“The issues at the Liquor Division, I’m told, was controllable stuff, items associated with the system itself,” Noble told WyoFile. “The rollout didn’t go as smoothly as I had hoped initially. But there were things that happened beyond anybody’s control. The fact that COVID created shipping issues… there’s all sorts of problems that were generated by that, that had nothing to do with the system. It was unfortunate.”
Issues with the Liquor Division — which are still ongoing, according to Moser — were not the only challenge under Noble’s tenure, sources told WyoFile.
Persistent problems in implementing the state’s new monthly ad valorem tax payment system frustrated both legislators and county officials, sources say.
The system resulted from a piece of 2020 legislation requiring energy companies to pay some of their taxes monthly instead of racking up big bills over time. The shift was intended, in part, to protect county revenues from the risk of company bankruptcies, and provide greater certainty on county balance sheets amid declining revenues from volatile minerals like coal, oil and gas.
What ensued, however, was more uncertainty. An exemption for annual filers in the system (companies paying less than $30,000 in ad valorem taxes per year) was not implemented on time, impacting somewhere in the range of 300 companies, according to Wyoming County Commissioners’ Association director Jerimiah Rieman. The Department of Revenue proposed a solution to the problem, Rieman said, but it ultimately did little to assuage the concerns of county commissioners, who rely not only on revenue projections from the state but the companies themselves to set and manage municipal budgets.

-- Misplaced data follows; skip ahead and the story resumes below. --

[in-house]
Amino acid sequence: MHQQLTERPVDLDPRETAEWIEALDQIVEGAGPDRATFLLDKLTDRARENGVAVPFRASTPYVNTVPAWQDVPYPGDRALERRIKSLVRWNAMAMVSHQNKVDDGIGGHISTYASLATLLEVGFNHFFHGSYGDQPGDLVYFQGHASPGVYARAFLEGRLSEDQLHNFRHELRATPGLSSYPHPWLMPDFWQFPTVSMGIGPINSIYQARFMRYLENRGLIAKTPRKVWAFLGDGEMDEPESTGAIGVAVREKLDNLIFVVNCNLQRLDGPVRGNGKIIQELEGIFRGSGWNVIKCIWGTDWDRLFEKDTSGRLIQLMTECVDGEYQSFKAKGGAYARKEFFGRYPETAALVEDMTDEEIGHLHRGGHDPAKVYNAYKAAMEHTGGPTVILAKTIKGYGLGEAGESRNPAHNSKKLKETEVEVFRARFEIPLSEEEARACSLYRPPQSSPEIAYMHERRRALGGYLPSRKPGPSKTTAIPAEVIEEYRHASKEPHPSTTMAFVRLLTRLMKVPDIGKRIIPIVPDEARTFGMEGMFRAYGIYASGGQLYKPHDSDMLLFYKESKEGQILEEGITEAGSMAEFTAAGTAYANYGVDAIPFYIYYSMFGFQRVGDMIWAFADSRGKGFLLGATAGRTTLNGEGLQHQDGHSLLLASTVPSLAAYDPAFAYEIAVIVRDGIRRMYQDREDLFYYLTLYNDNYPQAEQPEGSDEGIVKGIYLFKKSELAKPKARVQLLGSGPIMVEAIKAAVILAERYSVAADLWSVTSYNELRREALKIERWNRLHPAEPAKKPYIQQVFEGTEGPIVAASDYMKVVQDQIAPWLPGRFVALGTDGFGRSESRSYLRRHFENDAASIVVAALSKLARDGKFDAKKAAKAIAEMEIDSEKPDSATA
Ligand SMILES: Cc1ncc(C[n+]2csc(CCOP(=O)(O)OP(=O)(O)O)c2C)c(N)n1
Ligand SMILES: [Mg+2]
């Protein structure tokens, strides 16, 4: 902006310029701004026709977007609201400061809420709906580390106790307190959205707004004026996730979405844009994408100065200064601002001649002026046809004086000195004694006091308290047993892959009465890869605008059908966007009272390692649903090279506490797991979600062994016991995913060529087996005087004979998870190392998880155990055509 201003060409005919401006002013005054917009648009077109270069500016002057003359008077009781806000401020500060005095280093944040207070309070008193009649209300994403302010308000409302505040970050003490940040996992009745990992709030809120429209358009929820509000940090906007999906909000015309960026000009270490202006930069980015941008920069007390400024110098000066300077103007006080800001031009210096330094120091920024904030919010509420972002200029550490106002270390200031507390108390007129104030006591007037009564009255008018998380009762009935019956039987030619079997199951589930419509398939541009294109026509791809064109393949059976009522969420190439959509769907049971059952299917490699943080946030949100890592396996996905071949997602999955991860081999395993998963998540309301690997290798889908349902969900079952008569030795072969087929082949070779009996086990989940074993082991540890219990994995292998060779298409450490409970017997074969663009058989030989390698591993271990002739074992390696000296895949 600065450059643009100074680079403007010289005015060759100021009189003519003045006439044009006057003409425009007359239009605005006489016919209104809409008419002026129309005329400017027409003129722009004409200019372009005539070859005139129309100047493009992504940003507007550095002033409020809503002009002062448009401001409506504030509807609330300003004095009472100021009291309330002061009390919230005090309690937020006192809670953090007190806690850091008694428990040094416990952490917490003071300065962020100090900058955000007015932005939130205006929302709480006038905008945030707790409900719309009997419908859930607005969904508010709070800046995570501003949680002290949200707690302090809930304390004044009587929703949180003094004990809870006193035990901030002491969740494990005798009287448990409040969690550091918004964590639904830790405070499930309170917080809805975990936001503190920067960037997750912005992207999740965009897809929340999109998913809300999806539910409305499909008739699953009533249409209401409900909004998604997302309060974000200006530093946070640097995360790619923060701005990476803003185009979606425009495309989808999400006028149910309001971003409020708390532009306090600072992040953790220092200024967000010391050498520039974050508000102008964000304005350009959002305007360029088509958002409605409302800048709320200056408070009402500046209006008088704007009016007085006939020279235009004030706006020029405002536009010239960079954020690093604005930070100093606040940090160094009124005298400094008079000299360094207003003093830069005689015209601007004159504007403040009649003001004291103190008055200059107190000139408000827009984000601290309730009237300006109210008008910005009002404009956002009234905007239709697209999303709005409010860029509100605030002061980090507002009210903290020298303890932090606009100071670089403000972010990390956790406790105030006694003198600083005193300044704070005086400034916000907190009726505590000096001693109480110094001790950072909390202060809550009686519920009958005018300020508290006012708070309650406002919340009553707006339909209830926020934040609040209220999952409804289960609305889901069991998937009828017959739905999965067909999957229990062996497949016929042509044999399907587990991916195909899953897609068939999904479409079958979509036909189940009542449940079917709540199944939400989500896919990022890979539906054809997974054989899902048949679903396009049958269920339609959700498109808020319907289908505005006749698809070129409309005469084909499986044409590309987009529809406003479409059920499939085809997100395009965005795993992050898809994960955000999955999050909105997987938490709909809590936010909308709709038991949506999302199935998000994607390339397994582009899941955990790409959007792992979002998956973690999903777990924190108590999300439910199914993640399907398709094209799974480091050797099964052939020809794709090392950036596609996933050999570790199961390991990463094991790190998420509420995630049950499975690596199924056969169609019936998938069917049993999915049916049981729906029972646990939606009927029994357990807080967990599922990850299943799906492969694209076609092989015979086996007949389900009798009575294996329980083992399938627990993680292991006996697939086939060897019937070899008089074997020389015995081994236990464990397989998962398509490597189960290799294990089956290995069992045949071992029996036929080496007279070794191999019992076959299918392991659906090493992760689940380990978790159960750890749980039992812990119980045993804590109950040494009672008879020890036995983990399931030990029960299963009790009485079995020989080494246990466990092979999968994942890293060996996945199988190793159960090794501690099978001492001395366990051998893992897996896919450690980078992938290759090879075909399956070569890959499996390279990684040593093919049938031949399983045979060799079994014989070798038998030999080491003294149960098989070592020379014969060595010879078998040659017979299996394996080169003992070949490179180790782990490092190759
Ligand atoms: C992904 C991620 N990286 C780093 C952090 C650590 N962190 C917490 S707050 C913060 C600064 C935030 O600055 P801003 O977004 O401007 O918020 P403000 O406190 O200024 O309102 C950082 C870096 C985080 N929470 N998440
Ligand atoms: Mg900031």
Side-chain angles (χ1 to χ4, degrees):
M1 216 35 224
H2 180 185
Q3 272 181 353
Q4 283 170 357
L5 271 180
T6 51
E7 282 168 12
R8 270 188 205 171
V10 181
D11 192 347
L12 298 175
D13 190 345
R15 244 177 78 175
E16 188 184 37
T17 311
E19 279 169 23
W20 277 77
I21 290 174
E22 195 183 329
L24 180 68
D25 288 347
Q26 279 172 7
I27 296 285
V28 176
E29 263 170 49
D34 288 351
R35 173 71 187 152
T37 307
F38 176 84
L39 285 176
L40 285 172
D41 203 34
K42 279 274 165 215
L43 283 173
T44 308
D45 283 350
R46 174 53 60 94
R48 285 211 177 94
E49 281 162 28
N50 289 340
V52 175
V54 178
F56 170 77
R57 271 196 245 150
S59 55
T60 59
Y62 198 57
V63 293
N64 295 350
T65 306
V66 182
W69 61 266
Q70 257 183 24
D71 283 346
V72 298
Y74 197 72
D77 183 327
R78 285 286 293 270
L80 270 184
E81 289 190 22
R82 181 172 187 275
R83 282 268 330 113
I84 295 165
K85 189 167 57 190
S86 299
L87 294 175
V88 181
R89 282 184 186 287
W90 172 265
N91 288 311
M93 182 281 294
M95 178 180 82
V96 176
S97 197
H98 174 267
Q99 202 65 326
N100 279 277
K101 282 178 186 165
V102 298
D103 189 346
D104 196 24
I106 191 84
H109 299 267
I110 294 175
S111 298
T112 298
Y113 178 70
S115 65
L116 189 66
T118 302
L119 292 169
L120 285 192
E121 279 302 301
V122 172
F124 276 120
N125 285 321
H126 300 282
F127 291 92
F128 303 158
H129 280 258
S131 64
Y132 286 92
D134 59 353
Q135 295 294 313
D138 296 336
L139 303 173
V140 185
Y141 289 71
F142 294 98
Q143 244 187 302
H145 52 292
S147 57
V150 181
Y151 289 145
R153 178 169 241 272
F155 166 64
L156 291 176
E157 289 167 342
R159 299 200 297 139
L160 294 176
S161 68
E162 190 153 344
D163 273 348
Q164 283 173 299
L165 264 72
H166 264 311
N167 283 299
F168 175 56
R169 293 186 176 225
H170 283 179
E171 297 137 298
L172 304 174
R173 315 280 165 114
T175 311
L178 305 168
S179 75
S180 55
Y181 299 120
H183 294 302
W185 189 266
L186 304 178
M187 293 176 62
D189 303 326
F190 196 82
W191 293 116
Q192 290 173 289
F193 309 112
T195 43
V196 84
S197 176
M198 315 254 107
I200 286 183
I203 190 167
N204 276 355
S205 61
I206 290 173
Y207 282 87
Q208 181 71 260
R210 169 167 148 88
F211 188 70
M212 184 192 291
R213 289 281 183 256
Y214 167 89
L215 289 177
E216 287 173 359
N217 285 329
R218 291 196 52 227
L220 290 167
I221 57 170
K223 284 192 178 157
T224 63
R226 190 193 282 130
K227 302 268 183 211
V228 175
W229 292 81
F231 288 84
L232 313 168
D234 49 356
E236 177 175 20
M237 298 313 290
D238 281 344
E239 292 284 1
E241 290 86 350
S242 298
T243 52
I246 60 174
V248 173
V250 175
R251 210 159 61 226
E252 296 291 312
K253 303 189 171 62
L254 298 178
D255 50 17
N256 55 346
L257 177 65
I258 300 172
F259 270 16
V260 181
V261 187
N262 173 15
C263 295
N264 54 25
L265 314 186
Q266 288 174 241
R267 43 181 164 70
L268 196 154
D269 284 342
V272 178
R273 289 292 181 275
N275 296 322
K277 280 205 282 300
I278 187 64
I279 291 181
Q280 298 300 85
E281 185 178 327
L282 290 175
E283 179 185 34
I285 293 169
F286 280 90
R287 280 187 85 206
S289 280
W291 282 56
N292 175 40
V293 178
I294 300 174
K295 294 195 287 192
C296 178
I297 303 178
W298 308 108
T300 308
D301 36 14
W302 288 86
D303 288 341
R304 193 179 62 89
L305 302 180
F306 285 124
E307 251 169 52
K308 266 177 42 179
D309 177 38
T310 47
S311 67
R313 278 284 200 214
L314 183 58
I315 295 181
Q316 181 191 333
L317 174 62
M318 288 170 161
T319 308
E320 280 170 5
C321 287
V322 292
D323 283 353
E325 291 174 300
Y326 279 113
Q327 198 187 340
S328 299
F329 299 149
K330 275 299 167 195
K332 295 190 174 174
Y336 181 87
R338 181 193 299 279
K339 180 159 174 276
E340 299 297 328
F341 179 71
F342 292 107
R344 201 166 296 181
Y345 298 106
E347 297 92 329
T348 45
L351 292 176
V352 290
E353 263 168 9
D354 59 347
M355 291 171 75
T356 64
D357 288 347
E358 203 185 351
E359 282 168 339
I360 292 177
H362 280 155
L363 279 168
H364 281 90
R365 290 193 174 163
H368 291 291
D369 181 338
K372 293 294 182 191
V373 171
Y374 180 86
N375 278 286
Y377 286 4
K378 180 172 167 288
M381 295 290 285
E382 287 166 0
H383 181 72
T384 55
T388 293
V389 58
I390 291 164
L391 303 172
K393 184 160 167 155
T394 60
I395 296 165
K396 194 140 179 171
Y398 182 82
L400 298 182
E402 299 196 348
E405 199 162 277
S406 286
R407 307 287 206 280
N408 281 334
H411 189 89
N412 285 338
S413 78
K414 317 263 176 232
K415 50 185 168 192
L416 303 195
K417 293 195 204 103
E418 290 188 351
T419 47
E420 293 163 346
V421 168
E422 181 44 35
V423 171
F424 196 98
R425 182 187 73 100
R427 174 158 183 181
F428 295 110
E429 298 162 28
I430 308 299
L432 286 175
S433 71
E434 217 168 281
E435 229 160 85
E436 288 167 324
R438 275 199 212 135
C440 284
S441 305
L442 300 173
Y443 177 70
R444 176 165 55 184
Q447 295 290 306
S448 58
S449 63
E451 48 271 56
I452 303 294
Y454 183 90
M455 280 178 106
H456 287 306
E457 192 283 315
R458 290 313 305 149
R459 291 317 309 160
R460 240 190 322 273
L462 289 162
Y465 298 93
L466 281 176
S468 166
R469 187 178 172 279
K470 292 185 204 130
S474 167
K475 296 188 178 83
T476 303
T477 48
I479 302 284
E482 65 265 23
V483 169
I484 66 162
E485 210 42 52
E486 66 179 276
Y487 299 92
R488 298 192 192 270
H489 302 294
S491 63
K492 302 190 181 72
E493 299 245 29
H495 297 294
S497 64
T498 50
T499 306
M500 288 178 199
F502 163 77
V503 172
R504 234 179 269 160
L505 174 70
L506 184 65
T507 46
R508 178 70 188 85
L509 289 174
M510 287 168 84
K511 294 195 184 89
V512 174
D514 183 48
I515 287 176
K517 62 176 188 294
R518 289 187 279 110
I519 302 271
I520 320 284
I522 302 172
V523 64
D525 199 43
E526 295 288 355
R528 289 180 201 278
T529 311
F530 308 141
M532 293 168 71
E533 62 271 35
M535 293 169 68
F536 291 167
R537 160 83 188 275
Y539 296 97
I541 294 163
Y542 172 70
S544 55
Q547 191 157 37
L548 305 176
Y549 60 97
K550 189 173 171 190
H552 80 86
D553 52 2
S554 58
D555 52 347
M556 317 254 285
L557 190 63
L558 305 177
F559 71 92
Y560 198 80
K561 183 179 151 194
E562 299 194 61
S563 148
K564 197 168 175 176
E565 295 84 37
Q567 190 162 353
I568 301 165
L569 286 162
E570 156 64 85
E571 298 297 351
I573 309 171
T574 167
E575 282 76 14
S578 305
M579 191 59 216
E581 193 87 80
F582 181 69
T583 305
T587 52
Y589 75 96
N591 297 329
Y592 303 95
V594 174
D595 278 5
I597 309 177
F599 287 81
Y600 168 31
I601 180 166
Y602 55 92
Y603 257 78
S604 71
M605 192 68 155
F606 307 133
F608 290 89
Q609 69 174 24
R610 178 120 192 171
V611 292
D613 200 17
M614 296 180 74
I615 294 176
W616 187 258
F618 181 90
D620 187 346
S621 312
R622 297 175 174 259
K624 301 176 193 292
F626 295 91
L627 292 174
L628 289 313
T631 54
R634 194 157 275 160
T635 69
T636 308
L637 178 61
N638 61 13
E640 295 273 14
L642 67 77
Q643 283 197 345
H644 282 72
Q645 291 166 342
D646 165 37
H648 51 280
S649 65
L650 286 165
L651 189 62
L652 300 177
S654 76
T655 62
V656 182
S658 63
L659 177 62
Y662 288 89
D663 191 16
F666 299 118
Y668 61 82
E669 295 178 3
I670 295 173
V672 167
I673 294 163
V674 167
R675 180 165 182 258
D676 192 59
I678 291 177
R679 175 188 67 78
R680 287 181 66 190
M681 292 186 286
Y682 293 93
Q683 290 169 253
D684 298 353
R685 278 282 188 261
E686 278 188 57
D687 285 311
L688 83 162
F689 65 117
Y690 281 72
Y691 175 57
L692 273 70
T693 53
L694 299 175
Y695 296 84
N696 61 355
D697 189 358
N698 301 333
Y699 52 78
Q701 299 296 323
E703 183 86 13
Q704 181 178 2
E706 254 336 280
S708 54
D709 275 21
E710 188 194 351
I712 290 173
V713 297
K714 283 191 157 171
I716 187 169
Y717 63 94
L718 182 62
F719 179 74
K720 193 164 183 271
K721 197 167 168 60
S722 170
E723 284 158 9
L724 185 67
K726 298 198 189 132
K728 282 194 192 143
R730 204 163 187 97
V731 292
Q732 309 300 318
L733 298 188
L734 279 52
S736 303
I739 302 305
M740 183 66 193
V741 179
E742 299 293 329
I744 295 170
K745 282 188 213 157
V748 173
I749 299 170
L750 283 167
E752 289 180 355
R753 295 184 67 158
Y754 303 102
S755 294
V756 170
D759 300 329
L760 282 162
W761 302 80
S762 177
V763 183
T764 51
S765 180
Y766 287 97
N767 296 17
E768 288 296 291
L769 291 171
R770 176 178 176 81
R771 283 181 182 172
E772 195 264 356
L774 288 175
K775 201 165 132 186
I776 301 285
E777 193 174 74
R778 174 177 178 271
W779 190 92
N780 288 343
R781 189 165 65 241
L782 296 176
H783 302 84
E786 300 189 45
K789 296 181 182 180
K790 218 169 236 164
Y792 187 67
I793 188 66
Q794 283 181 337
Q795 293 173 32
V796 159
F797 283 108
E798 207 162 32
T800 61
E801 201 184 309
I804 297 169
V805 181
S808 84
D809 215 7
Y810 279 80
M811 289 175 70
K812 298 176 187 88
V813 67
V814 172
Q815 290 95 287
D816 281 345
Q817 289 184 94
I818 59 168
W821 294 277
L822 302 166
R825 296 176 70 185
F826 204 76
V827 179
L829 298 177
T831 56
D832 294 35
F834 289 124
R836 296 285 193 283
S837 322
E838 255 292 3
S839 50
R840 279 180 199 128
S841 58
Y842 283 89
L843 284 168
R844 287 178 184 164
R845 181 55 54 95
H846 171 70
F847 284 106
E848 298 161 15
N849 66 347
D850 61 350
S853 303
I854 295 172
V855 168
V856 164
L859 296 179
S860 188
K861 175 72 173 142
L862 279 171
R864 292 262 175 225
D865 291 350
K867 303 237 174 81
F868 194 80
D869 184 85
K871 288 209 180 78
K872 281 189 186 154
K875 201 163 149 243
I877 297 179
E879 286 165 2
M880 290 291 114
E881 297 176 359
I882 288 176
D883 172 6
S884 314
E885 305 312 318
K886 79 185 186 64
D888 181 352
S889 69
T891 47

The DOR continued to experience challenges facilitating tax distributions between the companies and districts they were owed to, leaving the counties unable to properly track where the cash could actually be spent. This was particularly difficult on counties that collect large sums of mineral revenues such as Converse County, where Treasurer Joel Schell estimates three-quarters of the county’s revenues come from minerals.
“There was a lot of frustration about how the Department of Revenue initially proposed to move forward with the transition,” Schell said.
Efforts at diplomacy between Noble’s office and county treasurers also stumbled. Following dissatisfaction with Noble’s answers on a call in early spring, county treasurers invited Noble to their annual conference in the hopes of a more in depth discussion, Schell said. Noble said the invitation was forgotten; a result of a miscommunication in his office over whether he or a representative would attend.
Schell believes Henson, with decades of experience and a reputation as a capable administrator, will do well in the role, he said. But her entry comes at a challenging period of transition for the department that has been exacerbated by the COVID-19 pandemic.
“I think [Noble] was in a tough position,” Schell said. “And I think Brenda is coming in a tough position as well.”